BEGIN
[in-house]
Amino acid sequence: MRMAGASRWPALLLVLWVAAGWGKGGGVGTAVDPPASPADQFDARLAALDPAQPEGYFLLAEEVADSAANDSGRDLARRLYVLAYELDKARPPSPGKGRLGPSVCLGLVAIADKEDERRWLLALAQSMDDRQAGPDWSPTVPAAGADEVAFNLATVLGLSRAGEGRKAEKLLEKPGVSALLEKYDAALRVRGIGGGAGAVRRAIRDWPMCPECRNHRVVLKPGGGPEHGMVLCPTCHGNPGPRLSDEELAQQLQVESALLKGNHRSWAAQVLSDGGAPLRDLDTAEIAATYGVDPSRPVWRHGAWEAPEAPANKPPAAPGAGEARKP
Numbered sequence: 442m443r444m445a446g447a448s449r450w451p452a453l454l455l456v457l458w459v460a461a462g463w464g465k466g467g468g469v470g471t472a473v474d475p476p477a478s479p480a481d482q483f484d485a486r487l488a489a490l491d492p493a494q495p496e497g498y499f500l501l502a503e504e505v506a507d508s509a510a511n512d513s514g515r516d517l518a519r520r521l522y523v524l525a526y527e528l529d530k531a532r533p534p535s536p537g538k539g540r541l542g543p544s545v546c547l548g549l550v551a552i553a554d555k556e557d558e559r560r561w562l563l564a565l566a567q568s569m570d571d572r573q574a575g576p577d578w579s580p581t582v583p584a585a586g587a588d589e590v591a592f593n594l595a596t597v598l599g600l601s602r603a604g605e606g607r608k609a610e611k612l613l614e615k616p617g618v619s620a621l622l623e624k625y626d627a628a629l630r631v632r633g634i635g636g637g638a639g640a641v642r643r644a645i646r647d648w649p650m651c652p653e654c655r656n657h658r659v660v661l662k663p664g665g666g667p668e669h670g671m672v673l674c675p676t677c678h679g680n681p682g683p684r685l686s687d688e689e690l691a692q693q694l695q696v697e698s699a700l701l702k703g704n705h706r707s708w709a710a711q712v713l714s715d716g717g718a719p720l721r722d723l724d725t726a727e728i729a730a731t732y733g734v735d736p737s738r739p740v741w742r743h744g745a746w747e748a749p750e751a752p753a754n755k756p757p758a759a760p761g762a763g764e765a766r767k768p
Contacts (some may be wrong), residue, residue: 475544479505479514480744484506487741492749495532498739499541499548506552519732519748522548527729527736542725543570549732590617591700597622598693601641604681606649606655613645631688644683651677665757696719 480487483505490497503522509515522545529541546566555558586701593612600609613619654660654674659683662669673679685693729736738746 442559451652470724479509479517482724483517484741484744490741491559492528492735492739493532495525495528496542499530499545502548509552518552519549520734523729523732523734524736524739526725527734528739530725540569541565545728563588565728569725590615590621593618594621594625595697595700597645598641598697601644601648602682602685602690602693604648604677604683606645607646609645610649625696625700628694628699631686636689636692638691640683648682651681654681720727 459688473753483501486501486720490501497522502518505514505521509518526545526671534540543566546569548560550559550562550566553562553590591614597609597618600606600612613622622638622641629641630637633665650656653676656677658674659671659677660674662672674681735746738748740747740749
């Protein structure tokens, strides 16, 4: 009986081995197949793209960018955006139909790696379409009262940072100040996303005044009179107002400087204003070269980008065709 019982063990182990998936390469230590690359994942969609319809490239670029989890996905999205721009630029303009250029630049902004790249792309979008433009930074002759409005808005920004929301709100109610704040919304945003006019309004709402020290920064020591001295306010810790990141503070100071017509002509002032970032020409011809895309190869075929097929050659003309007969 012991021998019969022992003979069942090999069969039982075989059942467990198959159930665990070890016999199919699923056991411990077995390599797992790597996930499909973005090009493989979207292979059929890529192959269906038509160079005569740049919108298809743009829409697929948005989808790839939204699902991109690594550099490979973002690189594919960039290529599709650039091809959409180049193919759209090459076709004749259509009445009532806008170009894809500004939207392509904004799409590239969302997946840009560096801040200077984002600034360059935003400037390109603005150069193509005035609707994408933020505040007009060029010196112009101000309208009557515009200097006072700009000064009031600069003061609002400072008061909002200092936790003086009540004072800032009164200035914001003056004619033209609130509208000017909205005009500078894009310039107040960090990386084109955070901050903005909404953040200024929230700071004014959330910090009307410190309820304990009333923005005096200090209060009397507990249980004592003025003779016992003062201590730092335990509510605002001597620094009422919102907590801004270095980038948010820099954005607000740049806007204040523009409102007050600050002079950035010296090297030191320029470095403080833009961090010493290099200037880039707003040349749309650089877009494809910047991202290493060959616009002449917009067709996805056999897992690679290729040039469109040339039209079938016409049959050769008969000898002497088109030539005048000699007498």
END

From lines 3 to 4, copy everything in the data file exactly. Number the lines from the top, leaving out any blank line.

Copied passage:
Numbered sequence: 442m443r444m445a446g447a448s449r450w451p452a453l454l455l456v457l458w459v460a461a462g463w464g465k466g467g468g469v470g471t472a473v474d475p476p477a478s479p480a481d482q483f484d485a486r487l488a489a490l491d492p493a494q495p496e497g498y499f500l501l502a503e504e505v506a507d508s509a510a511n512d513s514g515r516d517l518a519r520r521l522y523v524l525a526y527e528l529d530k531a532r533p534p535s536p537g538k539g540r541l542g543p544s545v546c547l548g549l550v551a552i553a554d555k556e557d558e559r560r561w562l563l564a565l566a567q568s569m570d571d572r573q574a575g576p577d578w579s580p581t582v583p584a585a586g587a588d589e590v591a592f593n594l595a596t597v598l599g600l601s602r603a604g605e606g607r608k609a610e611k612l613l614e615k616p617g618v619s620a621l622l623e624k625y626d627a628a629l630r631v632r633g634i635g636g637g638a639g640a641v642r643r644a645i646r647d648w649p650m651c652p653e654c655r656n657h658r659v660v661l662k663p664g665g666g667p668e669h670g671m672v673l674c675p676t677c678h679g680n681p682g683p684r685l686s687d688e689e690l691a692q693q694l695q696v697e698s699a700l701l702k703g704n705h706r707s708w709a710a711q712v713l714s715d716g717g718a719p720l721r722d723l724d725t726a727e728i729a730a731t732y733g734v735d736p737s738r739p740v741w742r743h744g745a746w747e748a749p750e751a752p753a754n755k756p757p758a759a760p761g762a763g764e765a766r767k768p
Contacts (some may be wrong), residue, residue: 475544479505479514480744484506487741492749495532498739499541499548506552519732519748522548527729527736542725543570549732590617591700597622598693601641604681606649606655613645631688644683651677665757696719 480487483505490497503522509515522545529541546566555558586701593612600609613619654660654674659683662669673679685693729736738746 442559451652470724479509479517482724483517484741484744490741491559492528492735492739493532495525495528496542499530499545502548509552518552519549520734523729523732523734524736524739526725527734528739530725540569541565545728563588565728569725590615590621593618594621594625595697595700597645598641598697601644601648602682602685602690602693604648604677604683606645607646609645610649625696625700628694628699631686636689636692638691640683648682651681654681720727 459688473753483501486501486720490501497522502518505514505521509518526545526671534540543566546569548560550559550562550566553562553590591614597609597618600606600612613622622638622641629641630637633665650656653676656677658674659671659677660674662672674681735746738748740747740749